“Kieran nearly lost his life, Shaun lost his mum and Shaun's dad lost her and his legs - come January Mr Bainbridge will walk free and not know the effects, if he thinks about it.”

Kieran's having a splint fitted this week to wear during the day. It's highly likely he will have to have an operation on his left leg, which will involve months of plaster and he'll have to learn to walk again.

Sam added that it was the little things which upset him, like singing hymns at school or seeing a crash on TV which upset him. She said: “If they hear a motorbike revving, both both Kieran and Ethan will jump out of their skin - even now they are still affected by it. Kieran has lost a lot of confidence. He couldn't get upstairs to his bedroom or bathroom for four months because his legs were broken, so he slept in the conservatory and used a commode which was very difficult for a six-year-old boy.

“He doesn't talk about the accident. If anyone asks him about it he'll go quiet and look to us to explain what happened.

“We were told Ethan was too young to remember, but last year at playgroup they were working on the theme of transport and talking about motorbikes, and Ethan came home and started asking questions about the accident, asking 'Why did I get hit?'.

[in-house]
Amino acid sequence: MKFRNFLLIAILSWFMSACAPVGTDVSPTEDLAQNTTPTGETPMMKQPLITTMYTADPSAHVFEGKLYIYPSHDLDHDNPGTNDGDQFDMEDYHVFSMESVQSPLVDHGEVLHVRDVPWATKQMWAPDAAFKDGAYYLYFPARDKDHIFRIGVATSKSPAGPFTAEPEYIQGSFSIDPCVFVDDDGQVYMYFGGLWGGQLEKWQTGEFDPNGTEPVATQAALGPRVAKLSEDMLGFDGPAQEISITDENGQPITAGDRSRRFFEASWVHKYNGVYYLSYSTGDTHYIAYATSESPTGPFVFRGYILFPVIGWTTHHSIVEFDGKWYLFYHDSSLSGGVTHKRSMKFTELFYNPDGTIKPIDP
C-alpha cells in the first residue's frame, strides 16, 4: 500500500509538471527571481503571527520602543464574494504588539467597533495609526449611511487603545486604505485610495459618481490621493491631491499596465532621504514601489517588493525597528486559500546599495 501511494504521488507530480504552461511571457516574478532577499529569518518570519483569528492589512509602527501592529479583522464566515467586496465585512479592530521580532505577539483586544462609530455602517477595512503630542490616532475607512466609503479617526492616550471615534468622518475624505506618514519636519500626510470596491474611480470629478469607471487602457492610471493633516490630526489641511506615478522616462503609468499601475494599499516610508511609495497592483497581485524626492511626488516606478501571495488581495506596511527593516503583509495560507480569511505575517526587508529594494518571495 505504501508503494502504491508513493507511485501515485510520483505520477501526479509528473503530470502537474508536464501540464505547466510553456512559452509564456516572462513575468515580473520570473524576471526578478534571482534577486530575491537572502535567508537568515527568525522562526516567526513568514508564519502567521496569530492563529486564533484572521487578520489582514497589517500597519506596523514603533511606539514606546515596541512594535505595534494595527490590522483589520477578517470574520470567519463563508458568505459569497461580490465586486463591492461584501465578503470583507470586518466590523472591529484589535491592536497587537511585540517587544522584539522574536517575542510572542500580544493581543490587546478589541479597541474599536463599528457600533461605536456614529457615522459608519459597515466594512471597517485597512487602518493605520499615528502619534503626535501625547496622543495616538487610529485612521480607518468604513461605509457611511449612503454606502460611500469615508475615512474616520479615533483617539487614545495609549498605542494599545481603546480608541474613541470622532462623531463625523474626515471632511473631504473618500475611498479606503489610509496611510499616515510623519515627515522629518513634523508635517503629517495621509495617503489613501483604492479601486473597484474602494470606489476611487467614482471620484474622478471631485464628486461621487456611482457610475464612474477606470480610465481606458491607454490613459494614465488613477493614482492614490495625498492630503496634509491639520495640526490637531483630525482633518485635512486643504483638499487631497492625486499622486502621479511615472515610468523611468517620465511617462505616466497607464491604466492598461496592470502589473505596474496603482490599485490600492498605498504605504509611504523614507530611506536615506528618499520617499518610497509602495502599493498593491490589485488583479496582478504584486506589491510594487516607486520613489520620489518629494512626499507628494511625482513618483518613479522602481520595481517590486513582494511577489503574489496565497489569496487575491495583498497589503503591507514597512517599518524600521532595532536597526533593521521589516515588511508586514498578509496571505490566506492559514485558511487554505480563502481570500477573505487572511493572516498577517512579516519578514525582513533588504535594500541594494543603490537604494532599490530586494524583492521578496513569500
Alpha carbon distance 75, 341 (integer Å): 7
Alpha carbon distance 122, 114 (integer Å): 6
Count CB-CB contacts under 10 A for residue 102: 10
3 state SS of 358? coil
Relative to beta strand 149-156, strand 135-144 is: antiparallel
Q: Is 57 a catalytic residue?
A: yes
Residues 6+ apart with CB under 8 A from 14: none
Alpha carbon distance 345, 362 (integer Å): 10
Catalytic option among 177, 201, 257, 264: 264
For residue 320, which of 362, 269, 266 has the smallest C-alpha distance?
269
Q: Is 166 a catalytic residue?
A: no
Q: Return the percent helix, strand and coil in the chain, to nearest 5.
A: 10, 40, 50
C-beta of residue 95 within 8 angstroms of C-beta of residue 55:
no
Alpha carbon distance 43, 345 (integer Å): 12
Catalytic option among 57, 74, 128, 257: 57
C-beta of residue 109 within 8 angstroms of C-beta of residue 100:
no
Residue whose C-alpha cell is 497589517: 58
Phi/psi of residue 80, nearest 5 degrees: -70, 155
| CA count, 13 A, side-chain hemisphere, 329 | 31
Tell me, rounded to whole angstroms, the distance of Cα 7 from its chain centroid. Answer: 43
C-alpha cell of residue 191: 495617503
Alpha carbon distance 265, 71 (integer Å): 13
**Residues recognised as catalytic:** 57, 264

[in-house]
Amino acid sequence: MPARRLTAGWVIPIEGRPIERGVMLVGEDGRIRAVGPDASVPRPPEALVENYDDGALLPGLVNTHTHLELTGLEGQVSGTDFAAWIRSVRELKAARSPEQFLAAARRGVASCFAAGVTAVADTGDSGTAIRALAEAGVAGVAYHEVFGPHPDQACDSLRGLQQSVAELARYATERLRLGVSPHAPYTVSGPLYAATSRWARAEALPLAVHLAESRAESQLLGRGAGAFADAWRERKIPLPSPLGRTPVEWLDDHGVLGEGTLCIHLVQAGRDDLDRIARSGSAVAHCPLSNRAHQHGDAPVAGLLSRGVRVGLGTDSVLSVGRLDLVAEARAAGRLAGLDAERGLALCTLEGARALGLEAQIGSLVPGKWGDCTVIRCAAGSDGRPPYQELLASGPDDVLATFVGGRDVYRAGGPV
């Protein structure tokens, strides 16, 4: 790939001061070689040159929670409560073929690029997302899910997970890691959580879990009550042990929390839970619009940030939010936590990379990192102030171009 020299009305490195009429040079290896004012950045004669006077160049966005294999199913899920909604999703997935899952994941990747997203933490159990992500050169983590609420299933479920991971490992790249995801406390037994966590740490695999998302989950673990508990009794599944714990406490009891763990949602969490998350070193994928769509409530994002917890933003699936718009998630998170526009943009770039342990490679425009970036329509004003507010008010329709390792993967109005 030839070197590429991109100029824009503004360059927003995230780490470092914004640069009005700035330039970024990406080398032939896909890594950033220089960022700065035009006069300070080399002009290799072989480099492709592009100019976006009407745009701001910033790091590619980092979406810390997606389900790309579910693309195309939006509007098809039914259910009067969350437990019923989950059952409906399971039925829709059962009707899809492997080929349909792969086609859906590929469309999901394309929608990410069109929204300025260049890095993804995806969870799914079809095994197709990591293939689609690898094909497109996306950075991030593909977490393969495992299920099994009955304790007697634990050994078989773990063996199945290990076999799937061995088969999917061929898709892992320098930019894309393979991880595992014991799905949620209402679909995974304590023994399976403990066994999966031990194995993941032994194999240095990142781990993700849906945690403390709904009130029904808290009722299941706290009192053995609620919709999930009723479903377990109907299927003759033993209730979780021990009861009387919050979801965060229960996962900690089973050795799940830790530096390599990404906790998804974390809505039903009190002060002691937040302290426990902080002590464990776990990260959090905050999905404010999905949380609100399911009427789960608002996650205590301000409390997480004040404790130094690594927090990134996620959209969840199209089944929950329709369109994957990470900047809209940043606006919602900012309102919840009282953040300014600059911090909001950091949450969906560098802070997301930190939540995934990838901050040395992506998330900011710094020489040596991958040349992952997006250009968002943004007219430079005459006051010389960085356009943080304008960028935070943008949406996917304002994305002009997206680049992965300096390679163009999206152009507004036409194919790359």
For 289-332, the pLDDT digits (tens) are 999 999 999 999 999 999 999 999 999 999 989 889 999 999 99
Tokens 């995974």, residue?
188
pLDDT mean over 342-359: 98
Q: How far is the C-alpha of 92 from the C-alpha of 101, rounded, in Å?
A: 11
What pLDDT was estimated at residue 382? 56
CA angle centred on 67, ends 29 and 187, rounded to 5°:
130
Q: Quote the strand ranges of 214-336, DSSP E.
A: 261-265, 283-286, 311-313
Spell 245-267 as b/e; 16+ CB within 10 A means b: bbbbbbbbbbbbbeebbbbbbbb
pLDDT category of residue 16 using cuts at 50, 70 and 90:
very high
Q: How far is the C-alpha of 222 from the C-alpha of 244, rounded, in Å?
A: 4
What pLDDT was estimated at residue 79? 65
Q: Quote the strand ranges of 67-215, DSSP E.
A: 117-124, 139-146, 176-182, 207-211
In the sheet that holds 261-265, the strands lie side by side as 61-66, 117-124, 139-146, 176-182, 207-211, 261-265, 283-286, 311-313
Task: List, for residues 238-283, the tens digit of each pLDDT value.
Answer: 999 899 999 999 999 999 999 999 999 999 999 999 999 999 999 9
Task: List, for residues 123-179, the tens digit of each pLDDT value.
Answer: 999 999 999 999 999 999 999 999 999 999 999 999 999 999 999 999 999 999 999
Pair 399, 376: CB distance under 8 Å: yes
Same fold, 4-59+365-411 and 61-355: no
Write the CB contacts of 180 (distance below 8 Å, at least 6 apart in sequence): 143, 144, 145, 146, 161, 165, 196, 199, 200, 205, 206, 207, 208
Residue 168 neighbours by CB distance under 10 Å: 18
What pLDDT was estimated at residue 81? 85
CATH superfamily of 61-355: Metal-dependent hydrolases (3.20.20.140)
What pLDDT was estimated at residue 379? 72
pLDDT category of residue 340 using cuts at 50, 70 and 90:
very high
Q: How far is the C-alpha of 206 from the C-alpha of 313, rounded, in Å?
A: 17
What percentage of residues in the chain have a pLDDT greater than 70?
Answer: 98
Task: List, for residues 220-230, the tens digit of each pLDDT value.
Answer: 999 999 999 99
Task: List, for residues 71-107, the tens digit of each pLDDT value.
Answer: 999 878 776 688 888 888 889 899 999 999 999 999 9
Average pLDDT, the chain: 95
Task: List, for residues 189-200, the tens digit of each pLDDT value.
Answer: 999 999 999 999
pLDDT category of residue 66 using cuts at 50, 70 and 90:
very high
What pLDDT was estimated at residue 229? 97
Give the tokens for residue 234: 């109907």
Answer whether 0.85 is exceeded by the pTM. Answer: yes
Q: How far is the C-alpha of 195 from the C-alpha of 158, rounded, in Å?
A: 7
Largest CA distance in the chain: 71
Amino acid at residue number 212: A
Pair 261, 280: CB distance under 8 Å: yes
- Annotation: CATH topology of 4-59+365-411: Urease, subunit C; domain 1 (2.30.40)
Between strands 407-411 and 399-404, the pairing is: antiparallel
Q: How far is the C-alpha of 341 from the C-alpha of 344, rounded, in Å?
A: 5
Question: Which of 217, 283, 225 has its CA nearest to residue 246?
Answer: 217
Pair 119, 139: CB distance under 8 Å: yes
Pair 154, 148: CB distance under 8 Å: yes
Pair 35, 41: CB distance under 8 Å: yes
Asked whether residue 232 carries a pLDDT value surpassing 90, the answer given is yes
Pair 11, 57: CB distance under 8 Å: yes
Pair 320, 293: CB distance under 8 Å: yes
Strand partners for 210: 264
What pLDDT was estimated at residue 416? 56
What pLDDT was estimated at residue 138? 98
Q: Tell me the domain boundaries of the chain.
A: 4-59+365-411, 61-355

Husband Shaun, 36, added; “It should be life for a life. We were relatively happy when he got over three years but serving just 18 months is disgusting.”

His torment spilled over during the court case last year . He said: “I couldn't control myself, my temper,” and admitted he went to anger counselling.

That was when Pc Phil Barrett the policeman helping them, became a family friend, and he remains so today.

Shaun said: “He could see tempers were getting frayed in court, especially when Mr Bainbridge smiled at me. Phil said to me 'calm down, keep cool'. He actually bet me £10 Bainbridge would be put away, as there times I doubted it would happen. I still owe him! There were times when I raged at Phil, but he took it all in his stride and got us through the court case. I wrote to his chief inspector afterwards to thank him.”

In the months after the crash, the roads held a fear for Sam. She didn't want to drive the family car, and said: “Kieran had lost his confidence and so did we. People would say we were being over protective and should let him play out with the football, but we don't. We have seen what can happen and we were frightened really, of it happening again.”

She added: “I just don't see the point of manufacturers making faster and faster cars and motorbikes, when nobody can legally drive them on the roads.”